artwork by the immortal Charles Keeping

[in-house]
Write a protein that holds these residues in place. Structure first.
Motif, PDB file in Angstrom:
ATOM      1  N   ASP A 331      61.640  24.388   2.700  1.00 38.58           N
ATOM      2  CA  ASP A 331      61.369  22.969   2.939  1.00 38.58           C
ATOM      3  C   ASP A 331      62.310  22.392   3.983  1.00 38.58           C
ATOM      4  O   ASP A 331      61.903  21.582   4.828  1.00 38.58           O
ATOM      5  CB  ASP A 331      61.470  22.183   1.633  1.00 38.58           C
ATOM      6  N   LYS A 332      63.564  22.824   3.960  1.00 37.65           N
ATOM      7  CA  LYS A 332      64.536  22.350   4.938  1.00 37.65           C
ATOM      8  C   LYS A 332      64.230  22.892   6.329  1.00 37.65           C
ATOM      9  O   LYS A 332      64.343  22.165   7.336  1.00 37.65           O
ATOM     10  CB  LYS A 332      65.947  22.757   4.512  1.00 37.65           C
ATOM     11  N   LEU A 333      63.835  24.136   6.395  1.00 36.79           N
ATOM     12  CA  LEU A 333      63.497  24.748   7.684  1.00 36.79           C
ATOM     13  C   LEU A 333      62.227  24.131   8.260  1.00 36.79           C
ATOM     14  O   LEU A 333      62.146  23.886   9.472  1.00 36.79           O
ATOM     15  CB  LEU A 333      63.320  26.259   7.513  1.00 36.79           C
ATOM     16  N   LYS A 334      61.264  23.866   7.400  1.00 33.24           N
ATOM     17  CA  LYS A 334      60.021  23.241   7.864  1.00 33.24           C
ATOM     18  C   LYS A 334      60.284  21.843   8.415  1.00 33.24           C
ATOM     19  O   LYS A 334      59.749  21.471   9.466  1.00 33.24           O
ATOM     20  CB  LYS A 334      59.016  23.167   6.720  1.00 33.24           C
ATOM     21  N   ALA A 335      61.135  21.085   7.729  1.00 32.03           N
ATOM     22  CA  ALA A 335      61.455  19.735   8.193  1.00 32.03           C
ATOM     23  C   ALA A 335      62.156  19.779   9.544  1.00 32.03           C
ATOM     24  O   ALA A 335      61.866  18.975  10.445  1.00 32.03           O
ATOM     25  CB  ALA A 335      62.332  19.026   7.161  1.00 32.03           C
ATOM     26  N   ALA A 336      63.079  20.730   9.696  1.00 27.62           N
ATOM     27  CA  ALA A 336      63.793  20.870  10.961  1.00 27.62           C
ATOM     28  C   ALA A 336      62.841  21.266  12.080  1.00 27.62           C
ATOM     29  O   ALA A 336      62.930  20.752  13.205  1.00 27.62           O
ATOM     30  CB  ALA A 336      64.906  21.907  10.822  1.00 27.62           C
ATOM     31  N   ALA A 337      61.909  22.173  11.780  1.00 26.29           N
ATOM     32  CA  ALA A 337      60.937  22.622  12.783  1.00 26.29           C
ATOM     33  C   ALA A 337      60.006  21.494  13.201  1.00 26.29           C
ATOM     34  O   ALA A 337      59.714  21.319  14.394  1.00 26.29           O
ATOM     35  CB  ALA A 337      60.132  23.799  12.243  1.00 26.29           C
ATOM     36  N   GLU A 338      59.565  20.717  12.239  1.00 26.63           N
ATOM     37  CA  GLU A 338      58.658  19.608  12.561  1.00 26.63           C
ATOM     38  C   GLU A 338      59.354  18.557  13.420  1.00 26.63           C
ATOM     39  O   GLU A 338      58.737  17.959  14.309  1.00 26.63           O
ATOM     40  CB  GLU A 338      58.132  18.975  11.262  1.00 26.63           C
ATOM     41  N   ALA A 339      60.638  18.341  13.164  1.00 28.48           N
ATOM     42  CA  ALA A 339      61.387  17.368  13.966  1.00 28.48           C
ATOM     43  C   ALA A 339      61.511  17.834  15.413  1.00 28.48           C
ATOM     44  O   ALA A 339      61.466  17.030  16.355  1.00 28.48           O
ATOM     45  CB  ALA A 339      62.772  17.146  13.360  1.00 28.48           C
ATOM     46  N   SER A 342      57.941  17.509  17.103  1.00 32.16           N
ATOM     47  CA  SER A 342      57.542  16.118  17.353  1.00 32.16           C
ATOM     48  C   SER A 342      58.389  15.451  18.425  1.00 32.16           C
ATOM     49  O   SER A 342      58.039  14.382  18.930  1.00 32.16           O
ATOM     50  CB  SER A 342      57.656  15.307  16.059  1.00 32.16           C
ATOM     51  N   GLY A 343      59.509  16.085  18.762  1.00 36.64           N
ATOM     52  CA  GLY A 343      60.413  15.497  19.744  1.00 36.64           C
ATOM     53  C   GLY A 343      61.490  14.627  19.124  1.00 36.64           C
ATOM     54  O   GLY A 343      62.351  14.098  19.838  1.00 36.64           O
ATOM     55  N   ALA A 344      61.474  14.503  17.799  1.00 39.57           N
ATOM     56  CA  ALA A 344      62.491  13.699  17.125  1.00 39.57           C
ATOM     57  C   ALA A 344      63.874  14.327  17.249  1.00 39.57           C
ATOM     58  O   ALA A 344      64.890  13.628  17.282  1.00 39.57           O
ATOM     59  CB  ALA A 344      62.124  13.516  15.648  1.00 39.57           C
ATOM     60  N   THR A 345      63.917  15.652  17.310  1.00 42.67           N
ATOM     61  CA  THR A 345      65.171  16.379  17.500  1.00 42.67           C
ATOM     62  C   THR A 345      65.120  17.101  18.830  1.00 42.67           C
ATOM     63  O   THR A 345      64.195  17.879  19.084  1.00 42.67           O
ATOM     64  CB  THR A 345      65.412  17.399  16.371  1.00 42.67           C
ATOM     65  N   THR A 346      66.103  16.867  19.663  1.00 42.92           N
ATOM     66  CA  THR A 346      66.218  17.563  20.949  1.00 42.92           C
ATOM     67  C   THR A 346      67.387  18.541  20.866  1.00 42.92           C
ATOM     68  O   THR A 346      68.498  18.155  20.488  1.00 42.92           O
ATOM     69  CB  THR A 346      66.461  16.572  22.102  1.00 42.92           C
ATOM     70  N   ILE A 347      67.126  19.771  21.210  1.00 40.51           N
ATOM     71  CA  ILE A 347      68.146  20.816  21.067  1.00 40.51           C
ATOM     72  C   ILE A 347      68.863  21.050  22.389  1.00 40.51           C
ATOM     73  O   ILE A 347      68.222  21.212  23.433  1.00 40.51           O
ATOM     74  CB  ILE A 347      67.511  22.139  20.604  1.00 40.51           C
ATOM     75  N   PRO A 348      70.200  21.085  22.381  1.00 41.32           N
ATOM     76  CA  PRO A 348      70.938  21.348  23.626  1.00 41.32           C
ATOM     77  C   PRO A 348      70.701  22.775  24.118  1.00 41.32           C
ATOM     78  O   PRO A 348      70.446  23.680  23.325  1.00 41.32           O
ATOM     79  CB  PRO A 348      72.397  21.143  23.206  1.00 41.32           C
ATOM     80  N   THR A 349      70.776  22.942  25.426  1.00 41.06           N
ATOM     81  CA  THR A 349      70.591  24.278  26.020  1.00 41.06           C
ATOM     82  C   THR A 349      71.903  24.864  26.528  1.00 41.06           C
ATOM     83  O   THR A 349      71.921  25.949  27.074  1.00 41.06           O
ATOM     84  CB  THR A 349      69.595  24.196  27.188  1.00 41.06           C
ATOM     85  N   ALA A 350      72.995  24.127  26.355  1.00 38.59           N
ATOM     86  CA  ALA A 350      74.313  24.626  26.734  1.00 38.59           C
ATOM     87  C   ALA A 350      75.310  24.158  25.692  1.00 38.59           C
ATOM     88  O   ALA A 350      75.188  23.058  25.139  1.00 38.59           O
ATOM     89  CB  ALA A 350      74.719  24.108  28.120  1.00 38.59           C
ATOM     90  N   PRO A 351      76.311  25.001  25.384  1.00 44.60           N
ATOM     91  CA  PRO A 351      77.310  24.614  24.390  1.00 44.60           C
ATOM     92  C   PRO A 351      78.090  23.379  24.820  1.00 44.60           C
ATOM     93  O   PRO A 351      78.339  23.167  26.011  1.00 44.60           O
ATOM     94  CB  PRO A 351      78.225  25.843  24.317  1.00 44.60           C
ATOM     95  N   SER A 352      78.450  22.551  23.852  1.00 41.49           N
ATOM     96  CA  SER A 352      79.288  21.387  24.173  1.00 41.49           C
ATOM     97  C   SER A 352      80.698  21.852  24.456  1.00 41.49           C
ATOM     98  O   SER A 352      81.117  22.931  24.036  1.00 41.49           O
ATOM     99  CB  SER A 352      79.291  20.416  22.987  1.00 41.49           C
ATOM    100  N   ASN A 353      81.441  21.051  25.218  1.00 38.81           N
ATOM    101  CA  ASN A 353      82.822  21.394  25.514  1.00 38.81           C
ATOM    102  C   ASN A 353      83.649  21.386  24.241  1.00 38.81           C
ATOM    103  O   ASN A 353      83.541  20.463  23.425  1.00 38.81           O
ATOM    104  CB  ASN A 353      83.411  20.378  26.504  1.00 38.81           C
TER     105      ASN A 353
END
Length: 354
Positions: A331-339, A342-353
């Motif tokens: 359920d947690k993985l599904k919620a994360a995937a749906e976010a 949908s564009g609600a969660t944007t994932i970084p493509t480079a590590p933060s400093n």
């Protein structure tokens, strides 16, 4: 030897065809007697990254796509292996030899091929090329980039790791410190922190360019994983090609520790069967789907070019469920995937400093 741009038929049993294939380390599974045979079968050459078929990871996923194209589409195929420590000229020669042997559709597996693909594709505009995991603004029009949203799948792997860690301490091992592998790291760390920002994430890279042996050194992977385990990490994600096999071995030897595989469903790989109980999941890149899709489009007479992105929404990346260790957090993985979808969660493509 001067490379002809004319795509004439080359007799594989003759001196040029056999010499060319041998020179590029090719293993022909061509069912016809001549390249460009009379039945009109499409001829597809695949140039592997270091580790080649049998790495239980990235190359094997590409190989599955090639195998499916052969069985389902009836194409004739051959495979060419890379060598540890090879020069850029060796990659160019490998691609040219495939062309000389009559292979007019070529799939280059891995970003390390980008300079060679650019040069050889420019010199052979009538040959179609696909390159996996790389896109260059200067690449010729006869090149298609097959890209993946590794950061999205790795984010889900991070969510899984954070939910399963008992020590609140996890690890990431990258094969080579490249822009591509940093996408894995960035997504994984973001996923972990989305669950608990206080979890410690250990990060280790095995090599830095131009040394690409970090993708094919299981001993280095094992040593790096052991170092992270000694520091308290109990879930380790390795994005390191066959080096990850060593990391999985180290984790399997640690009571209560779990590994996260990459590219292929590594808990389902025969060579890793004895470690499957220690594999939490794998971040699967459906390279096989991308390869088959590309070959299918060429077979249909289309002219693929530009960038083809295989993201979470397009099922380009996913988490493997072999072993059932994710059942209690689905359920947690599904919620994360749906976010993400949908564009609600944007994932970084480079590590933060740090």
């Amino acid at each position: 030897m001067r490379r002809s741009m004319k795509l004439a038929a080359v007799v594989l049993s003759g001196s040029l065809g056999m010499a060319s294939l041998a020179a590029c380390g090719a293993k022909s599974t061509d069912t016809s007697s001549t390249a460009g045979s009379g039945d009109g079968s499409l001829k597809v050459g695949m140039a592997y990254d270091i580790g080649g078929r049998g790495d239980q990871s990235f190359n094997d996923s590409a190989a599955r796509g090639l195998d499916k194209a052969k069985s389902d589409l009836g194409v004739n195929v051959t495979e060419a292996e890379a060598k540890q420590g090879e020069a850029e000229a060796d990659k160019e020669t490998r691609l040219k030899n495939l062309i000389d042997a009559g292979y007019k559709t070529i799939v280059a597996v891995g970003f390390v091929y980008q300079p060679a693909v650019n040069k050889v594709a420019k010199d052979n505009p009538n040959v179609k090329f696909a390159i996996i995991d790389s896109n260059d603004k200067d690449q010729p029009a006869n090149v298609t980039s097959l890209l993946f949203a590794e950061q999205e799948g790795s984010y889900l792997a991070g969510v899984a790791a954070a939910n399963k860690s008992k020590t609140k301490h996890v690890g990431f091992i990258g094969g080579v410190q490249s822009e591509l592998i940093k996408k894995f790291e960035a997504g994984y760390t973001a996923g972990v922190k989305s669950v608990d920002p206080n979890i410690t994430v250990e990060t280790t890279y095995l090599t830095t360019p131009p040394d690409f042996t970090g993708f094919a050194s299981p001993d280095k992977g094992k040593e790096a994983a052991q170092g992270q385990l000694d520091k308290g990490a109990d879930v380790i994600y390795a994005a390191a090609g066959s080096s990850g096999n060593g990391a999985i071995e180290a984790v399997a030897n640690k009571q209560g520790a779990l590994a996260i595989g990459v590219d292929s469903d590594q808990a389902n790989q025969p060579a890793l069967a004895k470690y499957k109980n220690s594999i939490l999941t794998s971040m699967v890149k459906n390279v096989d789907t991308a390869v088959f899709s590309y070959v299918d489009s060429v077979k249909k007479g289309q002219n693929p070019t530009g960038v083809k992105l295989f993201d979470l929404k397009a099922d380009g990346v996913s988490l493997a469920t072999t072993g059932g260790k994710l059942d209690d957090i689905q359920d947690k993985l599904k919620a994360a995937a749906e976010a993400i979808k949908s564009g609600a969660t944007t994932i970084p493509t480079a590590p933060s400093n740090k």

Now we come to the Arthurian part. After a jump of several years, we meet Aquila again as the cavalry leader in the war band of Ambrosius, which the very young Arthur is just desperate to join. And now it all clicks into place. This is a retelling of the Arthur story which connects a what-if counterfactual speculation with historical post-Roman fact, and builds in all sorts of attractive ideas about the rebuilding of the defenders of Britain as a guerrilla force resisting the invading Saxons, year by year. It’s also a cultural argument, linking Roman civilisation, and advanced techniques in military strategy, tactics, discipline and techniques, with the heroism attached to the Arthurian legend. Not that Arthur is just another local-born amateur legionary, oh no. In The Lantern-Bearers he is a royal child, a golden boy and a natural horseman, a young man that everyone wants to follow because he is charisma personified. He’s also a nice person, honest and loyal and kind.